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Spain’s dominance in Champions League, Europa leading to UEFA coefficient landslide

Pep Guardiola

FC Barcelona’s coach Pep Guardiola attends a press conference at the Camp Nou, in Barcelona, Spain, Monday, April 2, 2012. Barcelona will face AC Milan in a 2nd leg quarter-final Champions League soccer match Tuesday. (AP Photo/Manu Fernandez)


Three Thursday results from Spain’s survivors in Europa League meant, for the second year in a row, one federation is dominating the semifinals of UEFA’s second club competition. Last year, Portugal’s Porto, Sporting Braga, and Benfica were joined by some recalcitrant called Villarreal, with André Villas-Boas’s Dragons eventually knocking off Braga in Dublin to claim Porto’s third piece of silverware of the 2011-12 campaign. This year, the Portuguese representative (Sporting CP) is the sore thumb, matched against Athletic Bilbao in one semi while 2009-10 champions Atlético Madrid take on Valencia in the other.

All this, and Spain still has two teams alive in Champions League, giving them five of Europe’s eight surviving teams. And they’re not just any teams. Between Barcelona, Real Madrid, Athletic and the all-Spain Europa semi, La Liga’s favored to assume all four finals spots. Suffice to say, it would be the most impressive showing a federation’s ever had in European competition (if it isn’t already).

Not surprisingly, Spain’s doing major damage in the UEFA coefficient. The coefficient, at a federation level, represents the average number of points a league’s clubs accumulate within a season, with those averages summed over five years. Points are earned by winning matches (two per win), drawing (one), or (at certain levels) advancing past certain markers in UEFA’s competitions. A league’s overall ranking by coefficient determines how many spots the federation gets in Champions and Europa Leagues. The ultimate goal is to get into one of the top three spots so your league has a chance to qualify the maximum four clubs in Champions League.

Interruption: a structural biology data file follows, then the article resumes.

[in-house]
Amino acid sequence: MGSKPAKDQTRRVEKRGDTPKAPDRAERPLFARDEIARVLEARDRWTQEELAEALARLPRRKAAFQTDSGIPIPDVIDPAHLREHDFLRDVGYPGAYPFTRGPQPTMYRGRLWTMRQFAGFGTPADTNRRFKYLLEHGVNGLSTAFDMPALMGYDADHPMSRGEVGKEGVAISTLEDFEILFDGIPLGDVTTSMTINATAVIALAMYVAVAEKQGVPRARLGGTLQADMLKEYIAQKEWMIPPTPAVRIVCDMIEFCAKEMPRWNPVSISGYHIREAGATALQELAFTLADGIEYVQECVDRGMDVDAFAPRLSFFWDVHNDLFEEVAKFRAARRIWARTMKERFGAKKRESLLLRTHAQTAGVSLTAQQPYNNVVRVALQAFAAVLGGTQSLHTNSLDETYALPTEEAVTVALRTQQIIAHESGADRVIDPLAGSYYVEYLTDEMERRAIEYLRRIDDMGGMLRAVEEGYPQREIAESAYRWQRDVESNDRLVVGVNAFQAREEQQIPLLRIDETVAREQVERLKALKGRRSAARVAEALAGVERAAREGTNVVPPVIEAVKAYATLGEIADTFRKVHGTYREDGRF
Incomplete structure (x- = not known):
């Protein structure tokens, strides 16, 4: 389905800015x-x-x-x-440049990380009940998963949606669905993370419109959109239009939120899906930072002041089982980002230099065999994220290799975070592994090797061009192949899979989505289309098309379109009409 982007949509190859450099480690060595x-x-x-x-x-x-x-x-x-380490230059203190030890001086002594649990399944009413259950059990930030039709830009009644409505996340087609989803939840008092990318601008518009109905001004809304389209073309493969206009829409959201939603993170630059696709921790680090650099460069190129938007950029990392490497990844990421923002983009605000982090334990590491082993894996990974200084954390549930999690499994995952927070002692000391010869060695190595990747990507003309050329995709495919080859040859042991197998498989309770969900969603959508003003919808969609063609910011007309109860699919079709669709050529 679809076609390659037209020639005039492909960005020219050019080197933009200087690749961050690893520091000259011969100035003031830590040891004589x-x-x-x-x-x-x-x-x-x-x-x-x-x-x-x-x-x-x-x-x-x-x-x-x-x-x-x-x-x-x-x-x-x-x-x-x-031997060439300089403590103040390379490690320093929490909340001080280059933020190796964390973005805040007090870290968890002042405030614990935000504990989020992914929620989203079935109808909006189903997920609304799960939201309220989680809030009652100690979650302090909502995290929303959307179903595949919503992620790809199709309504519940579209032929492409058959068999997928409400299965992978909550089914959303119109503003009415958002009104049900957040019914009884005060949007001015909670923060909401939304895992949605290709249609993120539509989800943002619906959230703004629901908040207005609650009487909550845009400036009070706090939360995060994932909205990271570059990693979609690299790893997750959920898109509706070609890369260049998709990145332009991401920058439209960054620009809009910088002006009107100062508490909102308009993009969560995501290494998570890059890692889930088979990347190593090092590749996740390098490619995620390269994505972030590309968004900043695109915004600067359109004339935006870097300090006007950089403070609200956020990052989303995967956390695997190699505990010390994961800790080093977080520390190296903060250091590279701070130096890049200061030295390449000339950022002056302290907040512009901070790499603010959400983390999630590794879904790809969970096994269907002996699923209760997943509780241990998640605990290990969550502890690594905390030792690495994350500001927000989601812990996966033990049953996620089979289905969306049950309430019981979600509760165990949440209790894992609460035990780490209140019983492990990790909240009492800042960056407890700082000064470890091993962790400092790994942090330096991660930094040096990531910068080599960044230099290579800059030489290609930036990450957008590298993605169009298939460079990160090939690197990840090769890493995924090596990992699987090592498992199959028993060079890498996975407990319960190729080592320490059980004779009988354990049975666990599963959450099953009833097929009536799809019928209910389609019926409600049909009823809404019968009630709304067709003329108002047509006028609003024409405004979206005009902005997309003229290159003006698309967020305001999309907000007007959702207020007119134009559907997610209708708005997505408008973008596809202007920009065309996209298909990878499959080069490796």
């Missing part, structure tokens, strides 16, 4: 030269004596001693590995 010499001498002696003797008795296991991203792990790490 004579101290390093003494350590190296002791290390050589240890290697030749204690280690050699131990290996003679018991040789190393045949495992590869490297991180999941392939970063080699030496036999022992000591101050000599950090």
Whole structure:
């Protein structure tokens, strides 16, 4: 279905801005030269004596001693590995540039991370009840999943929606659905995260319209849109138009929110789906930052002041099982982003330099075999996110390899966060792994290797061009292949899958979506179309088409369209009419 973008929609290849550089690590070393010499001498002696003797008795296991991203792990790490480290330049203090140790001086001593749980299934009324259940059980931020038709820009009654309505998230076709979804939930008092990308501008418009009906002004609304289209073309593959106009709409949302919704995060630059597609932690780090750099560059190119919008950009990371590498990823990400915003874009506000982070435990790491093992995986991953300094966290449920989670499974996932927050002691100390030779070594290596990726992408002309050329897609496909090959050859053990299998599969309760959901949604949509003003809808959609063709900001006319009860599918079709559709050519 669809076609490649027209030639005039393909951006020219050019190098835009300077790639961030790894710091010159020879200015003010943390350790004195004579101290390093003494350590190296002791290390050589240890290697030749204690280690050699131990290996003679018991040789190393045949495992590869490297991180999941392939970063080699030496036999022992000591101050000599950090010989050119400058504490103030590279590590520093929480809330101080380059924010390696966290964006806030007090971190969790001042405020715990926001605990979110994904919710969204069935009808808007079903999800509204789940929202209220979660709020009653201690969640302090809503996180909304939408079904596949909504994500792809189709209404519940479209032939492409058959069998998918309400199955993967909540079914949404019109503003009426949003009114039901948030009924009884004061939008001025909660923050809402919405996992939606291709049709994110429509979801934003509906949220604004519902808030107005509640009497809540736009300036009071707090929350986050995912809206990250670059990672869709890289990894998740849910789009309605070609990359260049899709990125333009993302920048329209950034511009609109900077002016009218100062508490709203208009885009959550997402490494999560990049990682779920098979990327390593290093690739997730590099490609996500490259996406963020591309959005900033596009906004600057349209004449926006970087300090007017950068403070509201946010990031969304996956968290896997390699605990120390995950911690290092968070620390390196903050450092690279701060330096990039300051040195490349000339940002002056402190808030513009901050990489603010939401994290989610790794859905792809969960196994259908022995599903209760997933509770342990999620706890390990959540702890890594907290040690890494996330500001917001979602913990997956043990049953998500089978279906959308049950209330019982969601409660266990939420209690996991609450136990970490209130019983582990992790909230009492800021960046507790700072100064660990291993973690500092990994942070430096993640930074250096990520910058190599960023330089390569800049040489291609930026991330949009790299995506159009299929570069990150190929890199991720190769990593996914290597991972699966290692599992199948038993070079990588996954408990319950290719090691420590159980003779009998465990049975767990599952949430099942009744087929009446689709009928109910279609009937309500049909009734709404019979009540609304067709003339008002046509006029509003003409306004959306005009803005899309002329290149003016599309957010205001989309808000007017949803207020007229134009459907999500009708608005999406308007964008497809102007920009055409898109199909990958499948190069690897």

The previous high single-season coefficient was set by Spain in 2006-07 when the league had three UEFA Cup semifinalists while Barcelona, Real Madrid and Valencia got out of their Champions League groups. That year, Spain’s seven teams averaged 19 points.

This year, Spain’s already at that level. After Atlético and Valencia play the first leg of their Europa semi, Spain will pass 19 points per team. Unless Barcelona, Real, and Athletic fall on their faces, Spain will crush the old mark.

Here are the 10 federations who have accumulated the most ranking points this season, along with their five-year total and ranking:

11-12 RankLeague2011-12CoefficientOverall Rank

The gap between first and second tells how dominant Spain has been. The difference between Spain and England, first and second, is greater than the gap between second and seventh. While that’s typically how these kind of distributions work, it’s still a huge distance.

And that gap’s only going to get bigger. Standing with 133 total points now (19 times the seven teams Spain had in Europe), La Liga will get five points from the Atlético-Valencia final. For each other team they place in a final, they’ll get between three and five more points. If Spanish teams win whenever they’re not playing each other (or, put another way, when they’re favored), Spain will add 24 points to their total, leaving it with a single year coefficient of 22.429.

And if that happens, this is what the UEFA coefficient will look like going into next season:

RankLeagueCoefficientCL+EL places

Long story short: It’s been a historic year for Spain, and the numbers UEFA uses to evaluate leagues already reflect it. Come the end of the year, we’re likely to see a change at the top.

All current and historic data in this post is courtesy Bert Kassies’ amazing UEFA European Cup Football, Results and Qualification site.